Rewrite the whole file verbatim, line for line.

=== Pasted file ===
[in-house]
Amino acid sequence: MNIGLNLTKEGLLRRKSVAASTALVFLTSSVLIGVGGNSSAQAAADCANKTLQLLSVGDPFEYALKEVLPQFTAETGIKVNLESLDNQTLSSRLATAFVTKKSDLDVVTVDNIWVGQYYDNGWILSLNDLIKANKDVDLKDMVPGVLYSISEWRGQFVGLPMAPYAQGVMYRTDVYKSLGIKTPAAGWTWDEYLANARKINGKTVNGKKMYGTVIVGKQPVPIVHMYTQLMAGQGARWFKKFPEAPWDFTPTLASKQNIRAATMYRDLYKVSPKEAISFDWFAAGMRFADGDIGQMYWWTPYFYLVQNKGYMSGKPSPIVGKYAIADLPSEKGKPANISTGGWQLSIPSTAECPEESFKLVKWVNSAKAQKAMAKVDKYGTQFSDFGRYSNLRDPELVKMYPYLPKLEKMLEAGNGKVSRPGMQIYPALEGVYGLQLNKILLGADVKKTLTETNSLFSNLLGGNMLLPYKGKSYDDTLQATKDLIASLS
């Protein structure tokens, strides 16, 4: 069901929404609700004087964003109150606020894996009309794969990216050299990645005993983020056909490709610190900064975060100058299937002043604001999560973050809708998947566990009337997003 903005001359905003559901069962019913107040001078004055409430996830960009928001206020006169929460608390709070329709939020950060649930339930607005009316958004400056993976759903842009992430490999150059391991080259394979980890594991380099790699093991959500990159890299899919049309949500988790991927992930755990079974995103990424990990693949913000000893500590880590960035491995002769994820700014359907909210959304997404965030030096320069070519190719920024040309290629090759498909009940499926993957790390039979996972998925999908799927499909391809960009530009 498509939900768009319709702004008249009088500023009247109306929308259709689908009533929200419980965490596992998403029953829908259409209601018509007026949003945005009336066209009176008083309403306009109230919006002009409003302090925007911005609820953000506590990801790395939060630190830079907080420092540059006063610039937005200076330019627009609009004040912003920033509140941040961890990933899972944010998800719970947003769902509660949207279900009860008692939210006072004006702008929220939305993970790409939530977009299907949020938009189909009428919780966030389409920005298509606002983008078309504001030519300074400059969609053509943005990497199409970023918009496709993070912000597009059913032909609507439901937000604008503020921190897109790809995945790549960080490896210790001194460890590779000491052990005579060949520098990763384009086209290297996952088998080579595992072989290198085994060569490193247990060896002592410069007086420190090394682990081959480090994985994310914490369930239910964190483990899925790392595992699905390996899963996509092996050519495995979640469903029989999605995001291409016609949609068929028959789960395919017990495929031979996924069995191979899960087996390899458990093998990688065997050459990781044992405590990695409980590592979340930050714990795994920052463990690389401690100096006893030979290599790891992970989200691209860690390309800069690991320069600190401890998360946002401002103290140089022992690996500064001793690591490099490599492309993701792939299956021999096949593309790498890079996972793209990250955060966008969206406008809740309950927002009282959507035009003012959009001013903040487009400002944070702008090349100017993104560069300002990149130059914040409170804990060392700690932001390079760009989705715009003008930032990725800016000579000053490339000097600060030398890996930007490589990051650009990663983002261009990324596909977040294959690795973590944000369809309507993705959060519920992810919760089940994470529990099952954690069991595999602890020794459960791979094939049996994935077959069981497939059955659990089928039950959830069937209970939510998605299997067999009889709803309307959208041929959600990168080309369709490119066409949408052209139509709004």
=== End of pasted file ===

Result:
[in-house]
Amino acid sequence: MNIGLNLTKEGLLRRKSVAASTALVFLTSSVLIGVGGNSSAQAAADCANKTLQLLSVGDPFEYALKEVLPQFTAETGIKVNLESLDNQTLSSRLATAFVTKKSDLDVVTVDNIWVGQYYDNGWILSLNDLIKANKDVDLKDMVPGVLYSISEWRGQFVGLPMAPYAQGVMYRTDVYKSLGIKTPAAGWTWDEYLANARKINGKTVNGKKMYGTVIVGKQPVPIVHMYTQLMAGQGARWFKKFPEAPWDFTPTLASKQNIRAATMYRDLYKVSPKEAISFDWFAAGMRFADGDIGQMYWWTPYFYLVQNKGYMSGKPSPIVGKYAIADLPSEKGKPANISTGGWQLSIPSTAECPEESFKLVKWVNSAKAQKAMAKVDKYGTQFSDFGRYSNLRDPELVKMYPYLPKLEKMLEAGNGKVSRPGMQIYPALEGVYGLQLNKILLGADVKKTLTETNSLFSNLLGGNMLLPYKGKSYDDTLQATKDLIASLS
């Protein structure tokens, strides 16, 4: 069901929404609700004087964003109150606020894996009309794969990216050299990645005993983020056909490709610190900064975060100058299937002043604001999560973050809708998947566990009337997003 903005001359905003559901069962019913107040001078004055409430996830960009928001206020006169929460608390709070329709939020950060649930339930607005009316958004400056993976759903842009992430490999150059391991080259394979980890594991380099790699093991959500990159890299899919049309949500988790991927992930755990079974995103990424990990693949913000000893500590880590960035491995002769994820700014359907909210959304997404965030030096320069070519190719920024040309290629090759498909009940499926993957790390039979996972998925999908799927499909391809960009530009 498509939900768009319709702004008249009088500023009247109306929308259709689908009533929200419980965490596992998403029953829908259409209601018509007026949003945005009336066209009176008083309403306009109230919006002009409003302090925007911005609820953000506590990801790395939060630190830079907080420092540059006063610039937005200076330019627009609009004040912003920033509140941040961890990933899972944010998800719970947003769902509660949207279900009860008692939210006072004006702008929220939305993970790409939530977009299907949020938009189909009428919780966030389409920005298509606002983008078309504001030519300074400059969609053509943005990497199409970023918009496709993070912000597009059913032909609507439901937000604008503020921190897109790809995945790549960080490896210790001194460890590779000491052990005579060949520098990763384009086209290297996952088998080579595992072989290198085994060569490193247990060896002592410069007086420190090394682990081959480090994985994310914490369930239910964190483990899925790392595992699905390996899963996509092996050519495995979640469903029989999605995001291409016609949609068929028959789960395919017990495929031979996924069995191979899960087996390899458990093998990688065997050459990781044992405590990695409980590592979340930050714990795994920052463990690389401690100096006893030979290599790891992970989200691209860690390309800069690991320069600190401890998360946002401002103290140089022992690996500064001793690591490099490599492309993701792939299956021999096949593309790498890079996972793209990250955060966008969206406008809740309950927002009282959507035009003012959009001013903040487009400002944070702008090349100017993104560069300002990149130059914040409170804990060392700690932001390079760009989705715009003008930032990725800016000579000053490339000097600060030398890996930007490589990051650009990663983002261009990324596909977040294959690795973590944000369809309507993705959060519920992810919760089940994470529990099952954690069991595999602890020794459960791979094939049996994935077959069981497939059955659990089928039950959830069937209970939510998605299997067999009889709803309307959208041929959600990168080309369709490119066409949408052209139509709004």